Disappearing Restaurant Chains
While driving on Seneca Turnpike in New Hartford recently I pointed out to my wife–who is not from the area–where the Ground Round restaurant used to be. It was one of my favorite spots for a burger and beer not to mention the free popcorn. Alas, the Ground Round is just one of several national chain restaurants that are either completely or nearly gone.
24/7 Wall Street came up with a list of endangered restaurant species.
Howard Johnson’s–Currently, there are only two restaurants; one in Bangor, Maine, and the other in Lake Placid, N.Y.
Mister Donut–Currently, there are no Mister Donut locations in the U.S., after most were acquired in 1990 by Dunkin’ Donuts’ former parent company Allied-Lyons.
Steak & Ale–Steak & Ale no longer exists. It was conceived by Norman E. Brinker, who also helped to popularize Chili’s.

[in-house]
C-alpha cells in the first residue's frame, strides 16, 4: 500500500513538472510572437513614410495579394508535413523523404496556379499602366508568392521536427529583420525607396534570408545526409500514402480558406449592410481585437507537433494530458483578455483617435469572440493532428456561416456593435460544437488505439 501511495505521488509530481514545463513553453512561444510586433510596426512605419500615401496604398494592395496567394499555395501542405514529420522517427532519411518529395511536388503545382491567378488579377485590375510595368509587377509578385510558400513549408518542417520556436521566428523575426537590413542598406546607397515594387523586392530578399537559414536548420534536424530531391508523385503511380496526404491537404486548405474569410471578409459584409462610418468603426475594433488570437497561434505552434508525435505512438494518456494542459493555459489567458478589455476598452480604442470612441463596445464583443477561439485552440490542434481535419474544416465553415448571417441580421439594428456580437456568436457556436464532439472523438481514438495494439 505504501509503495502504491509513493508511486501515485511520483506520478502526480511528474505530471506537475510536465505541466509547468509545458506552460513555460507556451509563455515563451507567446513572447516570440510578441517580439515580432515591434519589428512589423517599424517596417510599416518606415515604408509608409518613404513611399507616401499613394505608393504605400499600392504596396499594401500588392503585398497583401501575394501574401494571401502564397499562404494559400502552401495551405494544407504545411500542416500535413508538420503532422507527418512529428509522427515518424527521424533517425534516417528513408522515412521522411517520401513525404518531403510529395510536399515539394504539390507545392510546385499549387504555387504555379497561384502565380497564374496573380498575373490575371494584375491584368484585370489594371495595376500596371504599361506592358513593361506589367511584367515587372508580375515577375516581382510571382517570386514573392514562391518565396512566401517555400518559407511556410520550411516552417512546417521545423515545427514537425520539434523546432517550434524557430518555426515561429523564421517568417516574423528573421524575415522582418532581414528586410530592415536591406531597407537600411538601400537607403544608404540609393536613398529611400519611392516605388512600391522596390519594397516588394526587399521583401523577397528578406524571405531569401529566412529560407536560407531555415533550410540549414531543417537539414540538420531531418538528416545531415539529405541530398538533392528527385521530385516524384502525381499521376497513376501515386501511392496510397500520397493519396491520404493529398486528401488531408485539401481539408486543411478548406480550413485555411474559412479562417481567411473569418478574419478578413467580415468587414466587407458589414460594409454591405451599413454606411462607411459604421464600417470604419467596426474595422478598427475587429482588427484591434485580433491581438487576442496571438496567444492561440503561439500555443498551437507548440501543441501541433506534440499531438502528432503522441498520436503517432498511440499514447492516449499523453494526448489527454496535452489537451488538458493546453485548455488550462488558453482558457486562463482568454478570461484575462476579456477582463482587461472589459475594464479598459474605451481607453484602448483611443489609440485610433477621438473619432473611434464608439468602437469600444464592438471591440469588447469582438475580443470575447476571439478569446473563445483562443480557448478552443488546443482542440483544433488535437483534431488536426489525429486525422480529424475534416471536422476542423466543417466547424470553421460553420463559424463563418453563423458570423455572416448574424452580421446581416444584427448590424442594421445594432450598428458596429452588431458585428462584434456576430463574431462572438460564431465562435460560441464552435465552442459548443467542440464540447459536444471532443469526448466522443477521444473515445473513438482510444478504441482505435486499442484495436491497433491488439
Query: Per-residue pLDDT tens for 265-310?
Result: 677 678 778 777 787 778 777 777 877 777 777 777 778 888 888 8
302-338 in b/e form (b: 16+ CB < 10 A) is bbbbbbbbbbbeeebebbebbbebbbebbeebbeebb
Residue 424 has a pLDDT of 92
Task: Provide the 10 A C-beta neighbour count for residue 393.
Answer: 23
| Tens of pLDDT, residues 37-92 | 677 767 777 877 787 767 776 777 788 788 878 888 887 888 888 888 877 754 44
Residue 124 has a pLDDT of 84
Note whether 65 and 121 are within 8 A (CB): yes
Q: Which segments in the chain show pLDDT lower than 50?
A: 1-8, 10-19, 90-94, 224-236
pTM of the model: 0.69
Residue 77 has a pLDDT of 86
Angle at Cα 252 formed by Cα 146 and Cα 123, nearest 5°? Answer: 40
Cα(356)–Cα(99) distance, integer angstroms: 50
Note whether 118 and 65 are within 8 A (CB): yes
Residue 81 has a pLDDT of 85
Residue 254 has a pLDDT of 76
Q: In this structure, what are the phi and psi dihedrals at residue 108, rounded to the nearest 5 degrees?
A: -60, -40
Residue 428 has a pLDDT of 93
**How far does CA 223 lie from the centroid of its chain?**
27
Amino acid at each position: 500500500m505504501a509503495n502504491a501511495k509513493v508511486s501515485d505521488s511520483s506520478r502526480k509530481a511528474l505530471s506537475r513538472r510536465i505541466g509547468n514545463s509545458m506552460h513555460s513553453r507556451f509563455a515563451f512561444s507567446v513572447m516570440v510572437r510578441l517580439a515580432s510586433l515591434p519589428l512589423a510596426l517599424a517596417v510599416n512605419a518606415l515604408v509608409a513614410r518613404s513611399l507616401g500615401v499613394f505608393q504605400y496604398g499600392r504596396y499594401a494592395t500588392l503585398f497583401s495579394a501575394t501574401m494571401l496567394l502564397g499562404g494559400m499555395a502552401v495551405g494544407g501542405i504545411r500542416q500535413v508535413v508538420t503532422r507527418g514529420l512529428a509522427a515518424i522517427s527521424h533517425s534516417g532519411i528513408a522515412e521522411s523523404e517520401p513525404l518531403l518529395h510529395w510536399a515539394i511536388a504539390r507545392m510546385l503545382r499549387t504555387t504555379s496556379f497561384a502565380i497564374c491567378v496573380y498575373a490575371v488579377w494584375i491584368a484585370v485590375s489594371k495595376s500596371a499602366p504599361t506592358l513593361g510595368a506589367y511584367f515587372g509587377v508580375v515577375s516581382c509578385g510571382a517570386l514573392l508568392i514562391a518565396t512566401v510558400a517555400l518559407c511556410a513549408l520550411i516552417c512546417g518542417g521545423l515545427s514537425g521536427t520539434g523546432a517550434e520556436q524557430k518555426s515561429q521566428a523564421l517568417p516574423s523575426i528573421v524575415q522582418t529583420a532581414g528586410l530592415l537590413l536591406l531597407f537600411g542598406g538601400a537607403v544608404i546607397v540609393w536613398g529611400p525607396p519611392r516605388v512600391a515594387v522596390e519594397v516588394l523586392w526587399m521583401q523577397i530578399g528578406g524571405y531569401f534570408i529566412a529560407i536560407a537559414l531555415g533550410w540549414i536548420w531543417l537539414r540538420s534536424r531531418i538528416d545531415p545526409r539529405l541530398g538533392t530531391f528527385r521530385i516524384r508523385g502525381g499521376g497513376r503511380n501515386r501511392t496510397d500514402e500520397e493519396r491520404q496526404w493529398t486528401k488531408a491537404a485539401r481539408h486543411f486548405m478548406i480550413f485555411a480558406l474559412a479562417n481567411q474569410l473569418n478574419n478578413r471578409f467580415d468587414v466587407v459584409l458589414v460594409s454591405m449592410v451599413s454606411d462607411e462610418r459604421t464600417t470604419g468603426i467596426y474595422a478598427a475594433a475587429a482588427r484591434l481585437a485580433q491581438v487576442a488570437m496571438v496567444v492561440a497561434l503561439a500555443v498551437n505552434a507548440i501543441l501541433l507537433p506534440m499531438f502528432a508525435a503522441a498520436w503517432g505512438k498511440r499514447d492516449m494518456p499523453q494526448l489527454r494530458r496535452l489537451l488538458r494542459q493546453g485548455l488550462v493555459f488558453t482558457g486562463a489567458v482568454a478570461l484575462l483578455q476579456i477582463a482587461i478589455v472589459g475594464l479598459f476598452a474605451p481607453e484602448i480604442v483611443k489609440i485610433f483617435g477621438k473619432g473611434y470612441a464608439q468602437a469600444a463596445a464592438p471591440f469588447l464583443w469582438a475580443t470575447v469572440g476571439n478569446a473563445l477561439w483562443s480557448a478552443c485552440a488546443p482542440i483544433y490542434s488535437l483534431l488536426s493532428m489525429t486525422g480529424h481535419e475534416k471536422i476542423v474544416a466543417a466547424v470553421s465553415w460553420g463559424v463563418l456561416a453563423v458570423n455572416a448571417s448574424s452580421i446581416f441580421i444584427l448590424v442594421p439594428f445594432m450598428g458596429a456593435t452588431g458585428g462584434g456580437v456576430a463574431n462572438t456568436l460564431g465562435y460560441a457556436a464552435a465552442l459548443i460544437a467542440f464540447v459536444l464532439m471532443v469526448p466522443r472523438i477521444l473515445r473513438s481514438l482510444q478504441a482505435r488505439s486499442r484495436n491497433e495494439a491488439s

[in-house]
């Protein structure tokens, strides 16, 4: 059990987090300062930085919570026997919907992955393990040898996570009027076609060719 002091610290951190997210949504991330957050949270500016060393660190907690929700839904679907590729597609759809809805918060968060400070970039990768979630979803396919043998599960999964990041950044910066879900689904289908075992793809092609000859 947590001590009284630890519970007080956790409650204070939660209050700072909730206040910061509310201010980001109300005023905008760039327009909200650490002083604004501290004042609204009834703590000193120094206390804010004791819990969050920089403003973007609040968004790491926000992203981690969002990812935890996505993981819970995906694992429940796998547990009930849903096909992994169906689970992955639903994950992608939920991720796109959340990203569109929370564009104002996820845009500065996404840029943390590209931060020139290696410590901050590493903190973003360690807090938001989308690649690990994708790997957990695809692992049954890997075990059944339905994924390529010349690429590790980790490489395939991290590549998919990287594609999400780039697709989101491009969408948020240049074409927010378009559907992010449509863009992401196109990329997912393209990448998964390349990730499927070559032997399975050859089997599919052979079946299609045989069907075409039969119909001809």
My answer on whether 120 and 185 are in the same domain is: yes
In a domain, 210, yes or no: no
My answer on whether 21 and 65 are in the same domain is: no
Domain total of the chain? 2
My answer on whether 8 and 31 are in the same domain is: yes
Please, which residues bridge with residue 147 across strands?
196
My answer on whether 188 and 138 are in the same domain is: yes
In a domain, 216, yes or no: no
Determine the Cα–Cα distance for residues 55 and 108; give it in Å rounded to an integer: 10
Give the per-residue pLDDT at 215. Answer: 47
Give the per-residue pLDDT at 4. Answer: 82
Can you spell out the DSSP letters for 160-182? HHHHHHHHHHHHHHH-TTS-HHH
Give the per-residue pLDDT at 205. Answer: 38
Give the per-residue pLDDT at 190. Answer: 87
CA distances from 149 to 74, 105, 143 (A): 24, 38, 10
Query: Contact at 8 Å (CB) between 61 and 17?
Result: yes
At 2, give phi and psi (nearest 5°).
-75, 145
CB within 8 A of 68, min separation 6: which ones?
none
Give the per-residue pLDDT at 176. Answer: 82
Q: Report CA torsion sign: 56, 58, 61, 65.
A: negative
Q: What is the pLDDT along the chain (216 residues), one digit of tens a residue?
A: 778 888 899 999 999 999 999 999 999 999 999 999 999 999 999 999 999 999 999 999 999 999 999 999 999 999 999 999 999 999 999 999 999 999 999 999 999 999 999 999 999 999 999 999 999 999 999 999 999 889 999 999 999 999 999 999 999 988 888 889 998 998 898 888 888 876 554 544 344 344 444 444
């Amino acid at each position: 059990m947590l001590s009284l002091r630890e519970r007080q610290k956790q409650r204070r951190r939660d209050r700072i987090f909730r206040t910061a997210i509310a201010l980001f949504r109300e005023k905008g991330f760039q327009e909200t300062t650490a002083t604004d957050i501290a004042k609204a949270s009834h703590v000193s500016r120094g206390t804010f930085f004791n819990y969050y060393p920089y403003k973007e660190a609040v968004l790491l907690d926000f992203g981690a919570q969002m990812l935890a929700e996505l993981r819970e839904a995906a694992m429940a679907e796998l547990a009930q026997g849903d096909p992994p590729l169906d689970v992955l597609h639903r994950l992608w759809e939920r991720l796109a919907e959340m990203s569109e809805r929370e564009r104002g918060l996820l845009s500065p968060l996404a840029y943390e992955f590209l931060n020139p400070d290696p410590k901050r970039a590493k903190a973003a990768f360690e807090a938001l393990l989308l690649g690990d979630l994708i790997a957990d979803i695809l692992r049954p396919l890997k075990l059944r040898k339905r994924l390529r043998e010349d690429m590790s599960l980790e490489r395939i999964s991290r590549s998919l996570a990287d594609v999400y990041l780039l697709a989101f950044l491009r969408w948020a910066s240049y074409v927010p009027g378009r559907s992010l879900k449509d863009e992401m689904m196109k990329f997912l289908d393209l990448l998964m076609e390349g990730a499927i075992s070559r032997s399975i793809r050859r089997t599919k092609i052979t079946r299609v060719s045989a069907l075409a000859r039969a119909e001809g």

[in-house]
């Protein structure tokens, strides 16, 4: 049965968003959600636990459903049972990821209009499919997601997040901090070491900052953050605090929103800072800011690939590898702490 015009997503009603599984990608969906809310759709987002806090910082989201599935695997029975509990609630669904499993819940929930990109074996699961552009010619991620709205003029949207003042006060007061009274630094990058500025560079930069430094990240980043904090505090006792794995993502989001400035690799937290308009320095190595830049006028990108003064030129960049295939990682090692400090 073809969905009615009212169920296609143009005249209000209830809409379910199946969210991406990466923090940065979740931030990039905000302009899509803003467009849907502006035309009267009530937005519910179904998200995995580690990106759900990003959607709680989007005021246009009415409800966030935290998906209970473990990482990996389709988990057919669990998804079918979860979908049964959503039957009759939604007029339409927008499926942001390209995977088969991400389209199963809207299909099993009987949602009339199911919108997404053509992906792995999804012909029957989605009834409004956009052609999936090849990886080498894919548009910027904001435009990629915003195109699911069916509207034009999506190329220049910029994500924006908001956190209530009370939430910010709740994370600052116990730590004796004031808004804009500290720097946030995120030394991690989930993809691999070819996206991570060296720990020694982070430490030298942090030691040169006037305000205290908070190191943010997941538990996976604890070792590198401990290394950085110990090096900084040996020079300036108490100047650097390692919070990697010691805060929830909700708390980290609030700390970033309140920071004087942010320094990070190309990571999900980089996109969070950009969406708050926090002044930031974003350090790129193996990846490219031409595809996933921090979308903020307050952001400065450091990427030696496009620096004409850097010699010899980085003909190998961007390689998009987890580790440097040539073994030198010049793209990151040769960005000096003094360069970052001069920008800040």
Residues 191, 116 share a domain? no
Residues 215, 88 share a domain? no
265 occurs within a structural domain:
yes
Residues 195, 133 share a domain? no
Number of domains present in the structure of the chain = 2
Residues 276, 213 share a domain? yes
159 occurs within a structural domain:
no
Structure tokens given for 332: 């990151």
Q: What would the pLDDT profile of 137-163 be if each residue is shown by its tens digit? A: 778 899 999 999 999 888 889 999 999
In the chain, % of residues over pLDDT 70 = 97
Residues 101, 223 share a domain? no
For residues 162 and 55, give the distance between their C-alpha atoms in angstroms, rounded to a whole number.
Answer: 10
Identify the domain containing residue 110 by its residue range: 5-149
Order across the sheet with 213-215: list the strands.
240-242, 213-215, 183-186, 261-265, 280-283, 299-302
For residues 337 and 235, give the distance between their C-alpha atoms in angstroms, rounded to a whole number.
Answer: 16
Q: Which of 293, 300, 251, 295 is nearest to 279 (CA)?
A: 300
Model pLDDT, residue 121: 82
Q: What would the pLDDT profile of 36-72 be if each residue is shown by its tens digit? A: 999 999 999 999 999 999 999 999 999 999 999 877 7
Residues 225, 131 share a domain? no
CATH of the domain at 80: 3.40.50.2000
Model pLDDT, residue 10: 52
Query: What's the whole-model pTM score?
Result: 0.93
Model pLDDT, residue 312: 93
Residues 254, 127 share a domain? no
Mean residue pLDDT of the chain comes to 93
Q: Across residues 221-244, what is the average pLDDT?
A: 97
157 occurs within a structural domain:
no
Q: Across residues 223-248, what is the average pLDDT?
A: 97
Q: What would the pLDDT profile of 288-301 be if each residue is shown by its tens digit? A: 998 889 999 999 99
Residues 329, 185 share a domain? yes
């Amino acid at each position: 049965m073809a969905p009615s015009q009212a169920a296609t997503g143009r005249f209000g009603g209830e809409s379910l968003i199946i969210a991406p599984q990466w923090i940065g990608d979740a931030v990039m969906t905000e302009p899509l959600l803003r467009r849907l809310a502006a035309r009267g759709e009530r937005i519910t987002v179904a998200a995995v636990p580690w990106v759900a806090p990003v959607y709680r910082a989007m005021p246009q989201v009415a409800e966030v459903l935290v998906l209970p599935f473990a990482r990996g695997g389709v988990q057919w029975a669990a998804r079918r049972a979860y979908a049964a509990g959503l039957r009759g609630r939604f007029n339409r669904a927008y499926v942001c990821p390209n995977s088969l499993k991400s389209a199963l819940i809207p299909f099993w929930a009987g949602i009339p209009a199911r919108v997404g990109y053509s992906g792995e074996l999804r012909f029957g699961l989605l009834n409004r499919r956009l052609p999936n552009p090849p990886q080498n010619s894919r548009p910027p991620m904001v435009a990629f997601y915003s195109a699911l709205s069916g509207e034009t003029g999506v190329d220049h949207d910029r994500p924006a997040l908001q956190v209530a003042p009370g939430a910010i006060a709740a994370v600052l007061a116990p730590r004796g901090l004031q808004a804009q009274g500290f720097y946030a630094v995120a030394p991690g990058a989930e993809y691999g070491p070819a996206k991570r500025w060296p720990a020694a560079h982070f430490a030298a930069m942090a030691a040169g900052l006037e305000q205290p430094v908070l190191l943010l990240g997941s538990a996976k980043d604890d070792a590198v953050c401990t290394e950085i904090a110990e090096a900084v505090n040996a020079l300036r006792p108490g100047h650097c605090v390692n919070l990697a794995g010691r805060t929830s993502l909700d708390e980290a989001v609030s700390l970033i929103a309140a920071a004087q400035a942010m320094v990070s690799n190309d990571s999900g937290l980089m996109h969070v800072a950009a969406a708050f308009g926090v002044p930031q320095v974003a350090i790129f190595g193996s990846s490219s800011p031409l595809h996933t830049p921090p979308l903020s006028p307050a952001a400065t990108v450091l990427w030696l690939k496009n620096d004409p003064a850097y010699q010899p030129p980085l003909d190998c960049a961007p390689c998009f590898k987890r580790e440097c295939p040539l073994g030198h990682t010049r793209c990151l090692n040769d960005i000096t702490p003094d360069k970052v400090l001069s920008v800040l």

Ground Round–As of 2012, there were just 25 locations nationwide, mostly in northern states, with four in North Dakota and seven in Minnesota.
Sambo’s–The chain suffered from financial troubles and filed for bankruptcy in late 1981. The first Sambo’s in Santa Barbara, which is owned by the founder’s grandson, remains in business.
There are a few other once popular restaurants either gone or on the ropes that you can check out here. Meanwhile, if I want a Ground Round burger and beer it looks like I’ll have to head to Minneapolis.
Have you ever wondered what goes on in the kitchen of your favorite restauran t while your food is being prepared? A chicken shawarma (look it up, I had to) master chef has some moves that even Jackie Chan would envy.